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Exciting Times for NCAA D1 Men's Hockey

By Scott Lowe - (photo: @mystateofhockey Twitter)

You know times have changed in men’s Division I college hockey when Dave Starman calls traditional national-power Boston College an under-the-radar team as the 2019-20 season gets underway.

“It’s very unique to say that B.C. is under the radar,” said Starman, the voice of college hockey for CBS Sports Network, the longtime color analyst on World Junior Championship telecasts and one of the foremost authorities on the college game, “but I expect them to have a rebound season. With the personnel they brought in and the players coming back, they should have a nice, solid team. They may not be as strong as some of the great BC teams of the past, but they should be a really good fundamental team.”

Not as strong as some of the great teams of the past sums up where many of the “bluebloods” of college hockey, as Starman calls them, find themselves these days. A quick look at the various preseason polls shows that the consensus top six or seven teams includes programs such as last year’s NCAA finalists, Minnesota Duluth and Massachusetts, along with Denver, Minnesota State, Cornell, Providence and St. Cloud State.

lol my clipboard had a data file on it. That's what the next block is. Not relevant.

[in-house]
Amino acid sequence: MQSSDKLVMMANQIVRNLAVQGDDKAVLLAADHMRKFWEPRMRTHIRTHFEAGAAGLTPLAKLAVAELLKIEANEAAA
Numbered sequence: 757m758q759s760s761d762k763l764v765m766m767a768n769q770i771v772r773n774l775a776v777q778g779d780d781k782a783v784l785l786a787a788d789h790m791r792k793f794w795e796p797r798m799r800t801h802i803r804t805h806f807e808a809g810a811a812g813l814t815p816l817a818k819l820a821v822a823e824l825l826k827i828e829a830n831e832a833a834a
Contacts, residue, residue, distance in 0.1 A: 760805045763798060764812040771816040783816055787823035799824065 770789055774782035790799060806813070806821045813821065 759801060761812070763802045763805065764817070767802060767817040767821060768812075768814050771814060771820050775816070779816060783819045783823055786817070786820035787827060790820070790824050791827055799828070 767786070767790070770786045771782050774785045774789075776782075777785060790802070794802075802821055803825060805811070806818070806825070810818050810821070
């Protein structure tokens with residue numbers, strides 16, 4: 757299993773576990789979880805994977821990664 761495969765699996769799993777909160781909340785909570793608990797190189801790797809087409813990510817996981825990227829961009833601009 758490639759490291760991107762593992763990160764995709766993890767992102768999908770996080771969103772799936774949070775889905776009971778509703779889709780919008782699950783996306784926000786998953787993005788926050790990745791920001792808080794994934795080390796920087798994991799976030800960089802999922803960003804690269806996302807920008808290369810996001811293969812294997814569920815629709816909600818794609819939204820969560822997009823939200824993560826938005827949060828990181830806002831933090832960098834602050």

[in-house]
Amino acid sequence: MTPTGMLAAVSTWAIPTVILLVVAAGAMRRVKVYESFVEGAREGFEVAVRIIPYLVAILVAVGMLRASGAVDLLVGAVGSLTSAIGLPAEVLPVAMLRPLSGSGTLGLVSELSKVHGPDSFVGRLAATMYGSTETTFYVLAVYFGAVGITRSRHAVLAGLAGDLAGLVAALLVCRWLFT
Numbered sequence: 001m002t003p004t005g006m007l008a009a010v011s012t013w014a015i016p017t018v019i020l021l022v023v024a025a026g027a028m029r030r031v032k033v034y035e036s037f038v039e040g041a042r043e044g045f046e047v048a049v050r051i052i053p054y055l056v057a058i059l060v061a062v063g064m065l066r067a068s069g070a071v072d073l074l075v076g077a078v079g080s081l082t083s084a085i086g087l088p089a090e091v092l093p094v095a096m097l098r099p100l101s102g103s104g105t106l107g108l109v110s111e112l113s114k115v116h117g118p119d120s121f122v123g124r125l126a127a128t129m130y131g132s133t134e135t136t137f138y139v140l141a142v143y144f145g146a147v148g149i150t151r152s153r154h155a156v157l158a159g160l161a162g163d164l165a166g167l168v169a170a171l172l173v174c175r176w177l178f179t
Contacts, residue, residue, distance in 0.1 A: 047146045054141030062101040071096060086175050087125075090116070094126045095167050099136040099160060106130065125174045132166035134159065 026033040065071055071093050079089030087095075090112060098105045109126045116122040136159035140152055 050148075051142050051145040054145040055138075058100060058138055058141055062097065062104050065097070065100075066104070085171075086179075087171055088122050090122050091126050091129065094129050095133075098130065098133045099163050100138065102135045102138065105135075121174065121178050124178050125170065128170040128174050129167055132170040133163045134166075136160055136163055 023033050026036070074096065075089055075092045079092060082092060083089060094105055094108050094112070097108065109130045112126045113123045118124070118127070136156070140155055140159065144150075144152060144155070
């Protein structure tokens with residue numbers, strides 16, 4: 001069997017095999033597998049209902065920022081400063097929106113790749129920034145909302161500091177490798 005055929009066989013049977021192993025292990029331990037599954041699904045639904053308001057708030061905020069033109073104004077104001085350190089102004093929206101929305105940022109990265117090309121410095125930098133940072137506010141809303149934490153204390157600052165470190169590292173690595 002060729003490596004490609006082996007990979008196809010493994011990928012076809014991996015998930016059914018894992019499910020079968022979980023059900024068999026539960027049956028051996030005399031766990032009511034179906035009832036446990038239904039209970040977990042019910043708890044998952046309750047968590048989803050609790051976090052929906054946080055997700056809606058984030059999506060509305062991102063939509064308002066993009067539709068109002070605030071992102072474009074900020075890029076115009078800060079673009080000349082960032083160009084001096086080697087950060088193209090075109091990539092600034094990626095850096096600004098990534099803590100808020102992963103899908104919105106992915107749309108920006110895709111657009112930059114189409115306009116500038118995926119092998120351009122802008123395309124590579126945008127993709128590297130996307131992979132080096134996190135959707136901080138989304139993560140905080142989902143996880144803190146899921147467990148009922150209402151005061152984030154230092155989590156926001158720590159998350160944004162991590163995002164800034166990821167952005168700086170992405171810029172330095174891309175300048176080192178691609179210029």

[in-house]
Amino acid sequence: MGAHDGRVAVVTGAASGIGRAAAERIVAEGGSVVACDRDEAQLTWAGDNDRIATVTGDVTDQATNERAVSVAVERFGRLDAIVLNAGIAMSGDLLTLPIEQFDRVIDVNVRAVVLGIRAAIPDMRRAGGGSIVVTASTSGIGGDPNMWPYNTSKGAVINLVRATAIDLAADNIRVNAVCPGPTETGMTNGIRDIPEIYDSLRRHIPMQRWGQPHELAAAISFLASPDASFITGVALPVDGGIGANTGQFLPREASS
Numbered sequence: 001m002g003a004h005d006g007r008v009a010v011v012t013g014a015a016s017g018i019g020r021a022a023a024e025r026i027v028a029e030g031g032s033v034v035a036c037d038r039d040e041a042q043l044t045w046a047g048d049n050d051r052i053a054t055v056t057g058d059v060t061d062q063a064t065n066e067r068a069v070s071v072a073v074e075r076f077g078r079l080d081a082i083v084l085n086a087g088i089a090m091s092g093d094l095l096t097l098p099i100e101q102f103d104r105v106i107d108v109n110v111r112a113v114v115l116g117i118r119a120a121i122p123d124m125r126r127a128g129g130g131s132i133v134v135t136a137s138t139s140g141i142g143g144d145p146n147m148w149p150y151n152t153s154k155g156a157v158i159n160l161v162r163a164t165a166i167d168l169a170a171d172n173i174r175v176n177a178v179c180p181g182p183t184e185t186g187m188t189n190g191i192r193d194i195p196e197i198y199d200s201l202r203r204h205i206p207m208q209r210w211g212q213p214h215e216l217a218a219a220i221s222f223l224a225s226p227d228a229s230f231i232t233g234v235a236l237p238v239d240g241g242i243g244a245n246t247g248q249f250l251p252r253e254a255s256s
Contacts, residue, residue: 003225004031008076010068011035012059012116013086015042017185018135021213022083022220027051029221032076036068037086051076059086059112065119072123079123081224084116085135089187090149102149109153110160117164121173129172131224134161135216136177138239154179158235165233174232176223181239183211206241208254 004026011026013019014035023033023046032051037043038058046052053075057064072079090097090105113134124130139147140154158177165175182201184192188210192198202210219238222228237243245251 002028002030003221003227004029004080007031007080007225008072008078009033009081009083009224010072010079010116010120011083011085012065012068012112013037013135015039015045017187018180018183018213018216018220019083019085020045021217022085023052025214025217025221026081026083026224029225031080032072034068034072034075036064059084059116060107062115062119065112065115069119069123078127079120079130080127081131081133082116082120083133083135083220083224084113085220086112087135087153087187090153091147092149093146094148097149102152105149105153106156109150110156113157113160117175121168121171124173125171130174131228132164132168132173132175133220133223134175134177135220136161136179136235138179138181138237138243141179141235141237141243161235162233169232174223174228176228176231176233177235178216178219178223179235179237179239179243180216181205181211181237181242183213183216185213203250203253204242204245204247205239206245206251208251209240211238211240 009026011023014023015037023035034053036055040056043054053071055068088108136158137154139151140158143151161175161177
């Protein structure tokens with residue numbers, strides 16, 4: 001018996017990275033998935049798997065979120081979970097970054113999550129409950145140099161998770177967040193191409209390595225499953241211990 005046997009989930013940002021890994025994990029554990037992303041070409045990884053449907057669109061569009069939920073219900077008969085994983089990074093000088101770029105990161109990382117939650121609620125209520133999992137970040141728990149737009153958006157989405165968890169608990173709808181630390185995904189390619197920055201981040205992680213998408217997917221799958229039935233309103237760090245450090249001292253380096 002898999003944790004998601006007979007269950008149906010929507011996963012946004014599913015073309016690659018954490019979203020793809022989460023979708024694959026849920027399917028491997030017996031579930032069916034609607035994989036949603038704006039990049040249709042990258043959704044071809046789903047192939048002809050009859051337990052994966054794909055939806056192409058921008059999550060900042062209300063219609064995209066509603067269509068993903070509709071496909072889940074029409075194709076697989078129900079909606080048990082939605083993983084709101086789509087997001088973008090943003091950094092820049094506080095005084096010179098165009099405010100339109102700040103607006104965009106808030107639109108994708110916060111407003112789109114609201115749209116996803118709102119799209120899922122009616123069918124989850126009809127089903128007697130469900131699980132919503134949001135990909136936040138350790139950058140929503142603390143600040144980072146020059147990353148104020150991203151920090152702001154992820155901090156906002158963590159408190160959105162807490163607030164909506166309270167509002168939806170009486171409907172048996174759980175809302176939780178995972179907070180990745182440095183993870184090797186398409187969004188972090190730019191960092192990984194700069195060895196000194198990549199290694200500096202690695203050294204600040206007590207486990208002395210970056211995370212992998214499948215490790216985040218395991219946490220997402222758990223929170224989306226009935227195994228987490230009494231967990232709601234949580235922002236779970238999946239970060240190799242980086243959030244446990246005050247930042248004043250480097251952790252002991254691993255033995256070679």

Those who follow the college game closely realize that these are all great hockey schools with traditions of success, but they are not the big names that dominated the sport for so long. Boston College received a few mentions among that top group from preseason prognosticators this fall, but the Eagles weren’t a consensus pick. And where are Boston University, Michigan State, Michigan, Wisconsin and Minnesota – the big-name, big-budget hockey programs from big-time conferences?

A quick glance shows Wisconsin in the mid-teens, with Minnesota checking in at around No. 20 followed by Boston U. in the early 20s and Michigan in the mid-20s. You have to delve even deeper to find once-powerful Michigan State.

The preseason polls are simply an extension of what has taken place at the Division I level the past several years. In addition to UMass and UMD, last year’s Frozen Four included Providence and Denver. Add Cinderella-story American International, Cornell, Quinnipiac and Notre Dame to get the remainder of last year’s Final Eight, with none of the “bluebloods” mentioned previously even qualifying for the postseason.

It was a little different in 2018, as Michigan did manage to crash the Frozen Four party along with Notre Dame and Ohio State, three teams from Power Five athletic programs. While Notre Dame and OSU have solid hockey histories, they usually aren’t mentioned in the same breath as the traditional hockey powerhouses. The Irish have reached the Frozen Four in two of the past three seasons, though, so they are making a strong case to be included among that group.